Two years after Covid-19 vaccines first became available to the public, over 20% of American adults are still unvaccinated. And that’s just for the primary series – only about 15% have received the new bivalent booster.
While we’ve known all along that vaccination alone won’t stop Covid-19, it remains a critically important tool for saving lives. And health care providers are the key to closing the vaccination gap: both as persuasive messengers and as the practical providers of vaccination.
Providers as persuasive messengers
In the charged atmosphere created by the rapid development of the Covid-19 vaccine, vaccine hesitancy has found fertile ground. Nearly four in five adults confess to being unsure if some of the Covid-19 misinformation they’ve heard is true or not. Trustworthy messengers are absolutely necessary to overcome people’s doubts and fears.
Crucially, in an environment where vaccine hesitancy is politically polarized, this positive view of medical providers bridges every divide in society. Doctors are the most trusted source of health information for everyone in the US, regardless of political party.
Even unvaccinated individuals trust their doctors’ opinions on vaccination more than anyone else’s! The strength of these pre-existing relationships makes providers the perfect candidates to change their patients’ minds.
Patient-focused strategies to increase vaccination
So, what can providers do to make the most of their patients’ trust? Researchers in fields like public health, psychology, and behavioral science have studied the most effective ways for physicians to reach their patients. Two strategies have been shown to work time and again to increase vaccine uptake:
- Make strong, presumptive recommendations. Researchers agree: nothing’s better at getting patients vaccinated than a physician’s recommendation. One study about maternal immunization found that over 90% of women would accept vaccination if their doctor recommended it—even though many of them had significant hesitancies and concerns. The most effective way to encourage vaccination is to provide what’s called a strong, presumptive recommendation. Instead of asking if a patient is interested in a vaccine, a provider can announce that it’s time for their vaccination, putting the onus on the patient to opt out. Treating vaccines like a simple, routine part of everyday care reassures people that there’s nothing to worry about, making it easier to just go with the flow. It’s no surprise that presumptive recommendations might be as much as seventeen times less likely to be met with resistance!
- Send vaccination reminders and invitations ahead of time. It’s easy for people to forget when vaccinations are due, or to simply put them off for a later date. By pre-emptively scheduling patients for vaccine appointments, providers can take the hardest part of the process off their plate.
This strategy’s been shown to increase flu vaccination rates by 10%, and there’s no reason to think it will not work for other vaccines as well. If that strategy’s too aggressive, reminders can also help— anything to make the vaccination process easier on patients.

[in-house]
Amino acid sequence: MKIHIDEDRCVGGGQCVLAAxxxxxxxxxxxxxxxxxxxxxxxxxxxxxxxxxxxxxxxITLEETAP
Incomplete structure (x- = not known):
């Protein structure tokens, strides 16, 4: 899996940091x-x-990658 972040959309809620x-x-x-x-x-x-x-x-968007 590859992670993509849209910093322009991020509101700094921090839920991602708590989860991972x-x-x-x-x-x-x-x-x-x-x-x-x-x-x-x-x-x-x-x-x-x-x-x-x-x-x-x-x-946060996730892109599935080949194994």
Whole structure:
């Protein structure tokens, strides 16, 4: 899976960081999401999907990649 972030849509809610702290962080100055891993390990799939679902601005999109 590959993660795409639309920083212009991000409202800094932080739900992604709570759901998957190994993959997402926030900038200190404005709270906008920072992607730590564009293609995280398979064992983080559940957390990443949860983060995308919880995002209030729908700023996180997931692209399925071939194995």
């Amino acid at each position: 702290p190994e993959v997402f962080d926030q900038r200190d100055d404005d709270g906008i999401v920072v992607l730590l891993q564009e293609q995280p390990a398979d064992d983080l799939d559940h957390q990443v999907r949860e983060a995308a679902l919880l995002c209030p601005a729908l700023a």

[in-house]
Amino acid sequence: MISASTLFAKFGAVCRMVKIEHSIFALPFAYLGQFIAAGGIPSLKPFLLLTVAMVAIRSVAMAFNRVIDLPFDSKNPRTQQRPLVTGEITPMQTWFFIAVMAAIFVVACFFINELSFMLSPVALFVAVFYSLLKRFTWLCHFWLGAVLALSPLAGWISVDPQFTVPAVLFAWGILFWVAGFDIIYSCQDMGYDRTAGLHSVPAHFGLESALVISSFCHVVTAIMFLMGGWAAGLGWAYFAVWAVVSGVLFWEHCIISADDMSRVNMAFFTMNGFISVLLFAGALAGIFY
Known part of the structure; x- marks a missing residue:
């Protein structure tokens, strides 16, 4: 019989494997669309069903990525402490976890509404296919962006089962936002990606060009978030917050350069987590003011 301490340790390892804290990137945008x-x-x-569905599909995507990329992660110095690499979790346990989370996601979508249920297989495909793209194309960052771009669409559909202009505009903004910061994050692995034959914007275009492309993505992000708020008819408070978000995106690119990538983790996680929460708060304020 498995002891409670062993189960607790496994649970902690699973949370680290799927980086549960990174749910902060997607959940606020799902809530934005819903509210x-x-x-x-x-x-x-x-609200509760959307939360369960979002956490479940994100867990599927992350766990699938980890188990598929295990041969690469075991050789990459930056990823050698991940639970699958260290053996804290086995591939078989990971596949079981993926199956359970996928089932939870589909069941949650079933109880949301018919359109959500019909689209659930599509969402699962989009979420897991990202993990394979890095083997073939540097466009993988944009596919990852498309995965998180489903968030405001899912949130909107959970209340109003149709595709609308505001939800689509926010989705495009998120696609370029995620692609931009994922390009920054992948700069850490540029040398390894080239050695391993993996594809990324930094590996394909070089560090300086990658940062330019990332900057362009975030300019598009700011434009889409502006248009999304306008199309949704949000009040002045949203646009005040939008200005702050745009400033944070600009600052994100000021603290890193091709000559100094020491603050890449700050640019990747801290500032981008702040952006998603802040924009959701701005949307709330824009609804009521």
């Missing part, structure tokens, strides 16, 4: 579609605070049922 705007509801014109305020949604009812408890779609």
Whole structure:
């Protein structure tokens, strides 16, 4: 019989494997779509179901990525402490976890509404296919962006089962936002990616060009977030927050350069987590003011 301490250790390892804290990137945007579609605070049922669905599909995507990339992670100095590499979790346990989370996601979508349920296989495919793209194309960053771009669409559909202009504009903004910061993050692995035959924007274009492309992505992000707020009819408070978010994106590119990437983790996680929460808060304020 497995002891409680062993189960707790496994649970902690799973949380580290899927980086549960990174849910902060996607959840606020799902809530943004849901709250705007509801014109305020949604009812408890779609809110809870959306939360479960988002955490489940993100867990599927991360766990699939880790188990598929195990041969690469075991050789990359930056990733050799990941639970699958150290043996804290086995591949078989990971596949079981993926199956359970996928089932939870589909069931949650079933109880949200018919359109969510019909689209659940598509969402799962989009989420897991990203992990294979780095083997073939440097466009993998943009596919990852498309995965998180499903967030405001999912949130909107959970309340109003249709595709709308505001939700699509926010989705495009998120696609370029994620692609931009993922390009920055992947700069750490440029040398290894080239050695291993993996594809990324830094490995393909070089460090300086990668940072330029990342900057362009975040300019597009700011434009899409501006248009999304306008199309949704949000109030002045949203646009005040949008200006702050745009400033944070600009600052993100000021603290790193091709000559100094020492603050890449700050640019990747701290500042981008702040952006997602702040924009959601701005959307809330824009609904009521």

Practice-focused strategies to increase vaccination
Patients aren’t the only ones who can benefit from making the vaccination process easier and more streamlined. Providers can also benefit by taking steps to ensure their practice environment is ideal for encouraging vaccination:
- Standing orders to automate vaccination. Standing orders allow busy physicians to offload some of the burden of vaccination to other professionals, like nurses, who could easily incorporate immunization into other routine intake procedures. They’re one of the best-supported methods for increasing vaccination, with over 40 studies proving they work. Check out this guide for ten quick and easy steps for how to implement standing orders in your practice.
- Tracking success using audit and feedback systems. It’s difficult to improve on something that you’re not measuring. Audit and feedback systems let providers track their vaccination rates and compare them to an intended target. Generally, tracking has a small and reliably positive effect on physicians’ performance, but there are ways to make it stronger. For example, when practices or providers can compare their vaccination rates to each other, the benefits of feedback get stronger. Everyone wants to see their name on the top of the leaderboard!
Providers’ role in vaccination
Of course, some providers might hesitate to adopt these strategies because they believe their role in health is to guide patients rather than make decisions for them. That’s certainly fair— no one should compromise their professional ethics.
In many cases, however, patients are making their vaccination decisions in an environment filled with disinformation, often spread by a few motivated individuals who may be chasing profit over truth. Health care providers are trusted by Americans due to their long history of putting their patients’ needs first. When it comes to vaccination, that means at least beginning the conversation.
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